Scott, now retired and living in north London and, incidentally, one of those interviewed by the police in connection with the Baker Street robbery, says no one should expect too accurate a reflection of reality on screen. "What they tend to do is put every extreme event in your life in an hour and a half of film," he says. "There is little room for accurate reminiscences. I could have told them that I had stolen the crown jewels and no one would have disagreed."
Scott says Richard Attenborough's portrayal of Pinkie in the film of Graham Greene's Brighton Rock(based partly on the racecourse gangs of the day) remains one of the most realistic portrayals of a criminal. One of the better known films of the 1960s, The Criminal, directed by Joseph Losey, mixed fact and fiction but was based on a real gangster, Albert Dimes, played by Stanley Baker.
Baker and Dimes, an Italian-Scottish ex-borstal boy, were friends and played for the Soho Rangers football team, along with "Mad" Frankie Fraser. There is now also a feature film planned on Fraser, for which a screenwriter will certainly not be short of material.
The Hit, directed in 1984 by Stephen Frears from a Peter Prince script and with terrific performances from Terence Stamp, Tim Roth and John Hurt, is a work of fiction, but contains one true scene. When supergrass Bertie Smalls, who died recently, gave evidence against his former bank-robbing colleagues, they all sang: "We'll meet again, don't know where, don't know when" to him as he left the witness box. Prince, who was working at the time as a solicitor's clerk, was not in court for the singing, but heard about it and realised it would make a magical piece of drama.
One of those singing robbers, Bobby King, who died a few years ago, had his own views on how the British film industry dealt with crime.
"We saw ourselves as gangsters and we loved going to gangster films and reading about the big robberies," he said. "We watched American films because we thought British gangster films were crap, and they always were - Richard Burton, Dirk Bogarde and Stanley Baker as cockney villains! Cagney and George Raft were our heroes. And really good westerns, Th e Wild Bunch, these ageing villains robbing trains, we loved that."
MORE RECENT FILMS demanded higher levels of authenticity. Face, directed by Antonia Bird and written by Ronan Bennett, was based on a raid on a security depot in the 1990s in which the gang had modified a truck and driven it through the wall. Julian, the character played by Phil Davies, carried his shotgun on a dog leash over his shoulder for convenience, as it left his hands free. This was the favoured method of a bank robber called Joe Collins, now dead. Before filming began, the actors playing the gang met retired robbers to find out about the mechanics of a robbery. Bobby King, who eventually played a security guard in the film, said one of the cast, Ray Winstone, made a more convincing robber than he ever had.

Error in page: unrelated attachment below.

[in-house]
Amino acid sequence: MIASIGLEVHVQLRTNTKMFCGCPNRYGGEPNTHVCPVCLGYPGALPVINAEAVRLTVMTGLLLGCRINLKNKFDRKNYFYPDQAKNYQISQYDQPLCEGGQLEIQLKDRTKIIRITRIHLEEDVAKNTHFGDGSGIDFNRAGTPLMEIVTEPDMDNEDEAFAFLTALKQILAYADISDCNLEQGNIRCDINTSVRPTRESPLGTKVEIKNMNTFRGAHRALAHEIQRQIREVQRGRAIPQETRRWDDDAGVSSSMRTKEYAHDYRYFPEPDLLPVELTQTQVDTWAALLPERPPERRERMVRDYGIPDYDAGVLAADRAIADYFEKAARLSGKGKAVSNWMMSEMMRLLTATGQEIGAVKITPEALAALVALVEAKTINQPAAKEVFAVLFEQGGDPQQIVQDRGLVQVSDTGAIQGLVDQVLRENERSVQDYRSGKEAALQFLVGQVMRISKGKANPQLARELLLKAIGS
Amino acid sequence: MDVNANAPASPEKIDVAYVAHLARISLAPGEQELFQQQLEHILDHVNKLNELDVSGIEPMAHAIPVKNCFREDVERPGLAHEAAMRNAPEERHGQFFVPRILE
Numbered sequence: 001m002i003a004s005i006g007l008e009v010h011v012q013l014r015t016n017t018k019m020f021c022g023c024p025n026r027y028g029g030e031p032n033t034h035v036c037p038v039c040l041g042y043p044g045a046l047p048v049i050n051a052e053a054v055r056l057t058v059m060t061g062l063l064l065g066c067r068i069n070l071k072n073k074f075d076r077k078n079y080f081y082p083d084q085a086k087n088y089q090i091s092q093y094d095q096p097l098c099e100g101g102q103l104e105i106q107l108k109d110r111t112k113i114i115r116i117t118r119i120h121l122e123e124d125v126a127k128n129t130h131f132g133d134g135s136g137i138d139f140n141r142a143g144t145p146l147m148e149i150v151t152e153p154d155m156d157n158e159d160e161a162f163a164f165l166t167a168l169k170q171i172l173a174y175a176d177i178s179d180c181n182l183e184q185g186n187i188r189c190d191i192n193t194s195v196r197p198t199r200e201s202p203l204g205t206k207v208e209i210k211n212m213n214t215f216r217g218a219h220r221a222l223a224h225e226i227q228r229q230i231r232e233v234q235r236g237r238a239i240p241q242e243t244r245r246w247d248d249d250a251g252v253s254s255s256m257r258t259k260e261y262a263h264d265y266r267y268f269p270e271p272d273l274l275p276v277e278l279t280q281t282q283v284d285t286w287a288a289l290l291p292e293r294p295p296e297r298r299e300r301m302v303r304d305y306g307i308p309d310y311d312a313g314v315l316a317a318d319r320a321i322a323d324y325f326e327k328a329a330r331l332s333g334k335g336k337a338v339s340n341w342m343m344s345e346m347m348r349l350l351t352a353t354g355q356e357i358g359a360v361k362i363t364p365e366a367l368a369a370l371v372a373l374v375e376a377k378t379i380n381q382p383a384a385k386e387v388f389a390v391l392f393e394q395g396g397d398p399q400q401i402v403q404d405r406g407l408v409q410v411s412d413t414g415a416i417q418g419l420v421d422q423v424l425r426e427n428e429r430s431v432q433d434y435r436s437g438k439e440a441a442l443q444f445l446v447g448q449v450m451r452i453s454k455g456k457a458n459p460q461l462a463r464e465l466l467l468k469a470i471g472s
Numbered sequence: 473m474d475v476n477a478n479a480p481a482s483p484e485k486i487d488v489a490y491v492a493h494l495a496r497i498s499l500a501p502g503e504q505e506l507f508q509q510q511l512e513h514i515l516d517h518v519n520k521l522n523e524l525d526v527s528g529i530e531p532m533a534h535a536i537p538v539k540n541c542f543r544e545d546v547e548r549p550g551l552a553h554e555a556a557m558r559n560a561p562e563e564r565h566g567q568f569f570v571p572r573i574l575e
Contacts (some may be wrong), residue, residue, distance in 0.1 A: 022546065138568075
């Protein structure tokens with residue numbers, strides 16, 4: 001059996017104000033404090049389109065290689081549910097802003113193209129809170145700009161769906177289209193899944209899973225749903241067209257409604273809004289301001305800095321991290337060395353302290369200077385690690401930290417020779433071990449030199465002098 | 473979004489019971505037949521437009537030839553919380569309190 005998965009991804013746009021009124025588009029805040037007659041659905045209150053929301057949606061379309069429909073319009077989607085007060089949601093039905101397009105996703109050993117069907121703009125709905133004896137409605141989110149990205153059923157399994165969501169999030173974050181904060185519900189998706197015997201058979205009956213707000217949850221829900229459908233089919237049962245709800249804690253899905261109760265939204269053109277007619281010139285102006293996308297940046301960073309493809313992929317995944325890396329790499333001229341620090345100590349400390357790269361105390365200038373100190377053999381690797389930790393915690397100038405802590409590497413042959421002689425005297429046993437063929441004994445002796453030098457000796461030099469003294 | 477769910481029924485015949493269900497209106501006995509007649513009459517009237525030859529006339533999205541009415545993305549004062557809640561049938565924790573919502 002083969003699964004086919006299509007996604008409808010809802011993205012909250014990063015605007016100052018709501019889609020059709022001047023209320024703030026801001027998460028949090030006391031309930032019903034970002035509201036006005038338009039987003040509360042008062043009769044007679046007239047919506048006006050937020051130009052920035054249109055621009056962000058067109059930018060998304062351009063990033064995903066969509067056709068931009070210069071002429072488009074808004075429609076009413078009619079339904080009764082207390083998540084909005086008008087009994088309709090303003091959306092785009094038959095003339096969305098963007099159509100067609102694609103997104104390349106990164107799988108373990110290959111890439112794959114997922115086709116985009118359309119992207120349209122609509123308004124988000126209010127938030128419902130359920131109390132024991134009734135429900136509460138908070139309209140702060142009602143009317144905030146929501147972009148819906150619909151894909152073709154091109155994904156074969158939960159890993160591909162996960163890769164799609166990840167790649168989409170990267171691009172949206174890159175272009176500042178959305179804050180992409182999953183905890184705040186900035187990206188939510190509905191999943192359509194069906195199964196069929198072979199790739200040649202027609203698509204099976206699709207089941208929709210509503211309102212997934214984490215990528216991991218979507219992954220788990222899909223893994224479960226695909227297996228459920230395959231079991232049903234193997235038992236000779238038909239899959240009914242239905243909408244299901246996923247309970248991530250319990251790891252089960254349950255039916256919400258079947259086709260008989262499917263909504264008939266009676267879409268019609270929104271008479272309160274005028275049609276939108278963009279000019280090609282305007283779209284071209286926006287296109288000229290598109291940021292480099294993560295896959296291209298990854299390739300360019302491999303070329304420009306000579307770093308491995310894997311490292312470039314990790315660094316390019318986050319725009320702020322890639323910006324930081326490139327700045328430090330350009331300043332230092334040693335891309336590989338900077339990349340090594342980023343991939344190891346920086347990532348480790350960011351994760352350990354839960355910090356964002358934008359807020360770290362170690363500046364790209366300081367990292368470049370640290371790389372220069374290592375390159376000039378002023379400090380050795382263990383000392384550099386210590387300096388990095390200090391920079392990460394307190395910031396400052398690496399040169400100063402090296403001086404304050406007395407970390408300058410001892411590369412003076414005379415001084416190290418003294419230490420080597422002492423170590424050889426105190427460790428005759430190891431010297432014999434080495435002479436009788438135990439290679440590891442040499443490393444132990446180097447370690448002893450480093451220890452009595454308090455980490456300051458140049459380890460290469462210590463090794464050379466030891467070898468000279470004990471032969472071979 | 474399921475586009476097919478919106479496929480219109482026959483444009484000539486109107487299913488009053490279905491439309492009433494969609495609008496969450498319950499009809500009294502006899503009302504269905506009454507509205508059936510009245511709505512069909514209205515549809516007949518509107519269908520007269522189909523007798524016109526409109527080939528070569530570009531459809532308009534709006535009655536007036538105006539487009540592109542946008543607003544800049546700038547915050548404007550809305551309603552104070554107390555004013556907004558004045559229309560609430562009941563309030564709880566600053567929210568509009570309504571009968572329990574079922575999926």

Don Boyd, who made the Liverpool gangland film, My Kingdom, loosely based on King Lear, wanted it to be as authentic as possible.
"I knew that without a lifeline to Liverpool's underworld, my film was dead in the water," says Boyd, who had researched the film in detail before Richard Harris came on board in the main part. "I rented an apartment in the Liverpool suburb of Crosby and put the word out very proudly and very publicly that Richard Harris had agreed to play the main character. When this fact filtered through, my old contacts and friendships slowly began to be renewed. Just before we began shooting, Harris and the cast were able to check out the haunts frequented by the kind of characters they were playing." Again, some of the real-life villains played extras in the film.
The vogue in "shut it, you slaaaag" crime films, which began in the 1990s, with shaven-headed men barking at each other over sawn-off shotguns, appears to have passed.
For every Sexy Beastand Gangster Number One- two of the recent best - there have been half a dozen pretty dire offerings, which serve to prove how difficult it is to navigate the choppy waters between The Ladykillersand Essex Boys. The Bank Jobis the latest to try to see if they can pull this off and get away with it. ... - (Guardian service)
The Bank Jobis on general release
"They . . . put every extreme event in your life in an hour and a half of film. There is little room for accurate reminiscences